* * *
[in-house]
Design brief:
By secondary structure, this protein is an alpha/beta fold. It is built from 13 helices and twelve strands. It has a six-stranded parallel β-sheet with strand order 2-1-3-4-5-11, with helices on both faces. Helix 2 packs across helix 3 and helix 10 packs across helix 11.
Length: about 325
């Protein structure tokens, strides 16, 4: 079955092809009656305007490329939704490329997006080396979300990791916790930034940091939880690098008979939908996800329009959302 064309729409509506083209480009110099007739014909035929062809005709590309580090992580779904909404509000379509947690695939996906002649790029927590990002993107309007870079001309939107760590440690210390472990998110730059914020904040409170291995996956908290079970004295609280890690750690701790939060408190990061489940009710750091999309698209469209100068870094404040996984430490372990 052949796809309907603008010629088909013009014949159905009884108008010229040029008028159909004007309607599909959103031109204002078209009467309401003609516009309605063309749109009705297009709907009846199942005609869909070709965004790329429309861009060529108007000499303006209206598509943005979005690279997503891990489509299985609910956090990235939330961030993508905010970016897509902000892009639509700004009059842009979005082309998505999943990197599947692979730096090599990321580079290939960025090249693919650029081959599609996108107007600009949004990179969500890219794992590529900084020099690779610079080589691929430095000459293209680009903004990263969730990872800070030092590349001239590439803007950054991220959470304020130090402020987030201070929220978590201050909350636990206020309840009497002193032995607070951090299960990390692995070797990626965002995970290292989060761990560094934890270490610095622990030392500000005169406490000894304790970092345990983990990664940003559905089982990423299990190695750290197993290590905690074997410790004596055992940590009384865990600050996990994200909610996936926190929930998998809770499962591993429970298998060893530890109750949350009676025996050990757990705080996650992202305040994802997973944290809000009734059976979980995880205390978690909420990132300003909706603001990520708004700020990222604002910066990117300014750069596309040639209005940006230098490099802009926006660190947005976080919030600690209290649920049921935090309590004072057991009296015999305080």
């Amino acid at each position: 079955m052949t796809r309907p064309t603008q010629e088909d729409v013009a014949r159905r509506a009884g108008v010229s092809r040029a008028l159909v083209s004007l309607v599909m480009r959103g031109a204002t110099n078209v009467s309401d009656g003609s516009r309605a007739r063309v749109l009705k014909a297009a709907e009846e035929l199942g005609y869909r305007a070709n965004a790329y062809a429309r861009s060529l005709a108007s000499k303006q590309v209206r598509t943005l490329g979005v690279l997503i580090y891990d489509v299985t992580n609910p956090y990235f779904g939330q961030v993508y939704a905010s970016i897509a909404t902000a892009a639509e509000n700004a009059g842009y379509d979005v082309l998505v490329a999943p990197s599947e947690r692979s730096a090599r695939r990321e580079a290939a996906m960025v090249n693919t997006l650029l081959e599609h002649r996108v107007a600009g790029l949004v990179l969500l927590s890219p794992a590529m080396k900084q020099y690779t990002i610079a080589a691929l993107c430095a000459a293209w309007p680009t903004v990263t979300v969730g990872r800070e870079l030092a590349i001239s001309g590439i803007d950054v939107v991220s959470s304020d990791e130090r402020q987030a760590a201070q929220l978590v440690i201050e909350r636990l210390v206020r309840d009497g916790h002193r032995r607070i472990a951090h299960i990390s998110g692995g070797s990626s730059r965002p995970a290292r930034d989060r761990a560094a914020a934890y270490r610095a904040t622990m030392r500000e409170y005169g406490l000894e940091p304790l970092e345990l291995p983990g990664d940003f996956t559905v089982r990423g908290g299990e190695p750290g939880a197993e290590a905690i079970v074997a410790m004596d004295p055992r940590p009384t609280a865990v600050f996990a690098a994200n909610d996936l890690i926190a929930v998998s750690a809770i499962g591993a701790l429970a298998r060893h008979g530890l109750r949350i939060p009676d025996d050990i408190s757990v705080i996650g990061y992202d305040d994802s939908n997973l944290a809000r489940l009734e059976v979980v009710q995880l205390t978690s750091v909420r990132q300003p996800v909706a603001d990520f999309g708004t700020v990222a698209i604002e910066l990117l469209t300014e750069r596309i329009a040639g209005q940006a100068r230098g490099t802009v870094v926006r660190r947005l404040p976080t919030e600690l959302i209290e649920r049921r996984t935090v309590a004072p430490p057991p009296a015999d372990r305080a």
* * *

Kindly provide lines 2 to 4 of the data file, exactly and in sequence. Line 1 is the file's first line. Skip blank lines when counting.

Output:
Design brief:
By secondary structure, this protein is an alpha/beta fold. It is built from 13 helices and twelve strands. It has a six-stranded parallel β-sheet with strand order 2-1-3-4-5-11, with helices on both faces. Helix 2 packs across helix 3 and helix 10 packs across helix 11.
Length: about 325